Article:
Look, time travel brings about plot complications by its very nature, and that is not a new problem with this franchise. The very first movie established, by way of John Connor’s conception and his importance to the premise, that this whole franchise is built on at least one massive time paradox. But over the franchise’s thirty-year history, the films have had to use time travel, alternate realities, and paradoxes in increasingly convoluted ways. It was the only way to keep the franchise viable in light of the fact that it’s 2015 and Judgment Day isn’t here yet. But the franchise was generally smart enough to keep the time travel to a minimum up until now, and it helped to keep things at least simple enough for the audience to grasp.
But this movie goes whole hog with it. It’s not enough for the plot to have those time jumps I just mentioned. Oh, no. Now we have Cyberdyne robots jumping from after Judgment Day to 2017 so they can cause Judgment Day by bringing future technology to Cyberdyne. Go ahead and try to diagram that and see how it makes sense. I’ll wait.
On top of that, we also have the time machine that Sarah and Pops have been building out of scraps for the past few decades, waiting for the T-800 to come and try to kill her (they needed its CPU to run the machine, you see). Sarah wants to go to 1997, because that’s when she was told that Judgment Day was going to happen. Except that Kyle wants to go to 2017, because that’s when Judgment Day has been rescheduled for. It’s this huge, drawn-out argument between the two, and neither of them ever think to go to 1997 on the off chance that Kyle is right and they can spend twenty years preparing, or maybe they could try to stop Cyberdyne before it’s ever formed. As far as I can tell, they can do that. Because they have a goddamn time machine.
Oh, but how did Kyle know that Skynet was coming online in 2017? Well, he was flashing back to memories of his alternate-reality self after traveling through a time nexus and WHAT THE HIGH ROYAL HELL IS THIS BULLSHIT?!
It’s impossible to make heads or tails out of this plot because so much of it is tangled up in time travel nonsense. It also ruins the movie on a thematic level — every time the characters talk about fate or free will, it’s impossible to take seriously because nobody can sufficiently understand or explain how all of this is supposed to work. Though bless her heart, that doesn’t stop Emilia Clarke from trying. This is a version of the character who’s burdened not only with the trauma of watching her parents get killed, but with knowledge of traumas that are going to beset her before they’ve happened. She’s spent her entire life waiting to fall in love with Kyle Reese only to watch him die, and Emilia Clarke does a fine job of playing that. Though she does get a little whiny at times.
(Side note: I was rather amused to hear that Emilia Clarke was taking over the role from her “Game of Thrones” costar, Lena Headey. I’ve said it for years and I’ll gladly keep on saying it for the record: Lena Headey will always be my pick for the definitive Sarah Connor. Linda Hamilton may have done it first, but Headey did it best. Hands down.
(Likewise, Thomas Dekker was unquestionably the best actor so far to play John Connor. Not as much competition for that one, I grant you, but still.)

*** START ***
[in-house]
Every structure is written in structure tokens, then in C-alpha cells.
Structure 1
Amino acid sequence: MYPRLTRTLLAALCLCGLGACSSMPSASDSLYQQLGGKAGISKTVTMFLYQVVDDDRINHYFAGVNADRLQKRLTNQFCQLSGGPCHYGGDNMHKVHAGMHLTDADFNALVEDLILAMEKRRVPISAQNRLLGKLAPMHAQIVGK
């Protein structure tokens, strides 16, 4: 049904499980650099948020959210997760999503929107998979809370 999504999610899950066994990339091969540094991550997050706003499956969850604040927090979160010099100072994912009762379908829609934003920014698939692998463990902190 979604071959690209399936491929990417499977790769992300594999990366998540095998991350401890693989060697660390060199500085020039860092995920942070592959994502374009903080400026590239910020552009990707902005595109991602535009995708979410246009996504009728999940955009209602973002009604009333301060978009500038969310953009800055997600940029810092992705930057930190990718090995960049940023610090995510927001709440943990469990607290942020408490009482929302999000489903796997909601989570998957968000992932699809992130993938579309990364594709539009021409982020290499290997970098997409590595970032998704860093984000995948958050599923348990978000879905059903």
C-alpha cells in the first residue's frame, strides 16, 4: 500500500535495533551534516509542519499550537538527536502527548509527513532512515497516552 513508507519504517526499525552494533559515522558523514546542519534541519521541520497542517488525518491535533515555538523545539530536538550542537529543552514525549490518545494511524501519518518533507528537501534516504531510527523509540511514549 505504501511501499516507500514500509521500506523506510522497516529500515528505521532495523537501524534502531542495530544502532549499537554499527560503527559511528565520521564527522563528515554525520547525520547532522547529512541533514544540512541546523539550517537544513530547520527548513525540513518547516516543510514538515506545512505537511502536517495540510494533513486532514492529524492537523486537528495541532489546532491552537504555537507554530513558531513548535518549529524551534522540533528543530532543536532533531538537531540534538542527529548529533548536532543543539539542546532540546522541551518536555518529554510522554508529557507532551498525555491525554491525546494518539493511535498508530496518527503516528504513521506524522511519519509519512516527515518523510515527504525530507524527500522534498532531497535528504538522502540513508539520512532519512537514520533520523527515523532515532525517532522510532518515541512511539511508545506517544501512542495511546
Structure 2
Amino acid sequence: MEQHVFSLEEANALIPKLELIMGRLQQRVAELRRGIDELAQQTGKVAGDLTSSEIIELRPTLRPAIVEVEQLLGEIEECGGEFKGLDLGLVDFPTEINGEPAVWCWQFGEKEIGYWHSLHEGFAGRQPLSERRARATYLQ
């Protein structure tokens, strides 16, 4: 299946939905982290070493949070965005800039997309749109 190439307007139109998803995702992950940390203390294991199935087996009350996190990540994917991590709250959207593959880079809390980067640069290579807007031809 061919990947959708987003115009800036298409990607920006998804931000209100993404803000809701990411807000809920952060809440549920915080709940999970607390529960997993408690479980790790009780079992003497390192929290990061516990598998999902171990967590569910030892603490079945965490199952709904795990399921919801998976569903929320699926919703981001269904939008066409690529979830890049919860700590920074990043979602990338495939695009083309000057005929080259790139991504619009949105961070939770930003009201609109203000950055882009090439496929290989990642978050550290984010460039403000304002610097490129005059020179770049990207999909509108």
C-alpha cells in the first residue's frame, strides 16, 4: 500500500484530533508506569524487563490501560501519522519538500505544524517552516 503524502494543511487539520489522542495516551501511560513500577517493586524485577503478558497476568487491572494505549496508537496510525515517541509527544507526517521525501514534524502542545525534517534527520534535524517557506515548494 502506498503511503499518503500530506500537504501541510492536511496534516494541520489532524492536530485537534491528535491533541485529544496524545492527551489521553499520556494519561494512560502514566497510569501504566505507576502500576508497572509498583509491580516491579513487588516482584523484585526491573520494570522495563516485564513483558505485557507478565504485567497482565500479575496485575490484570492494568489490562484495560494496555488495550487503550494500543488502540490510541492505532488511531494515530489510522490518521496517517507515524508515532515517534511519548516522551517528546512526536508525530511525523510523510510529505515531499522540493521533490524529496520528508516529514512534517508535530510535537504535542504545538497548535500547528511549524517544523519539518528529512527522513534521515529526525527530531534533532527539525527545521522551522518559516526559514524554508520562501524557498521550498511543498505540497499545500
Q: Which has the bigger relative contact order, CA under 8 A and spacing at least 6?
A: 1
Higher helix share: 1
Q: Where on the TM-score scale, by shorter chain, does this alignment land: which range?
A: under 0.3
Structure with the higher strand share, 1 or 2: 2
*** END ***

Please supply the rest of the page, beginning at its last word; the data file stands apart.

Speaking of which, Jai Courtney gets the job of playing a Kyle Reese who eventually learns about what was supposed to happen to him. Think about that. While he was alive in the first film, Kyle never learned that his mentor and hero was also his son, he never learned that he was going to die protecting Sarah Connor, and he never knew he would fall in love with her until shortly before he died. That is a lot of information to take in, especially all at once, and it’s very interesting to see how he copes with it.
But here’s the thing: Michael Biehn was so great in the part because he had some soft edges. It was easy to believe that he wasn’t born a soldier, but merely shaped into one by virtue of living and surviving in a post-apocalyptic war zone. He pulled off a very delicate balance that made him equally suitable as a romantic male lead and as an action hero, and so his fated pairing with Sarah was easy to believe.
Jai Courtney does not have that balance. From his name to his looks to his acting chops, the guy might have been genetically engineered to be a B-movie action star. He does not have the charisma to be a male lead, especially in a picture of this magnitude with so much else going on, and he sure as hell doesn’t have enough chemistry with Emilia Clarke to sell me on their romance.
Getting back to the themes at play, the movie naturally comments on our relationship with technology. This of course includes our obsession with mobile phones, our addiction to internet access, the importance of online activity as part of our identity, etc. So far, so boring. But the plot takes it a step further, using a new Cyberdyne OS (the eponymous Genisys) as a Trojan horse for Skynet. The film thus invokes our innate need to adopt the latest and greatest technological upgrade (see also: Lines around the block for the new iPhone, signing up for free and automatic updates to Windows 10, etc.). We’re practically inviting the machines to come and take over the world, which is a fascinating concept for this movie to play with.
Unfortunately, it doesn’t work. This is partly because we get virtually no information about what Genisys is or why everyone is in such a rush to get it. It’s some kind of cloud computing deal as best I can figure, but what makes it so much more special than the cloud services already offered by Google, Apple, Microsoft, and others? Also, why would the military be so eager to switch all their systems over to a cloud-based server run by a private third party that also handles millions of civilian accounts? I’m no military man, but that sounds to me like a security risk.
Put simply, the angle doesn’t work because Genisys isn’t an OS or an app or really much of anything. As far as the plot is concerned, it’s a countdown timer to the end of the world. Even better, it’s a countdown timer that speeds up arbitrarily. Which brings us to the villains.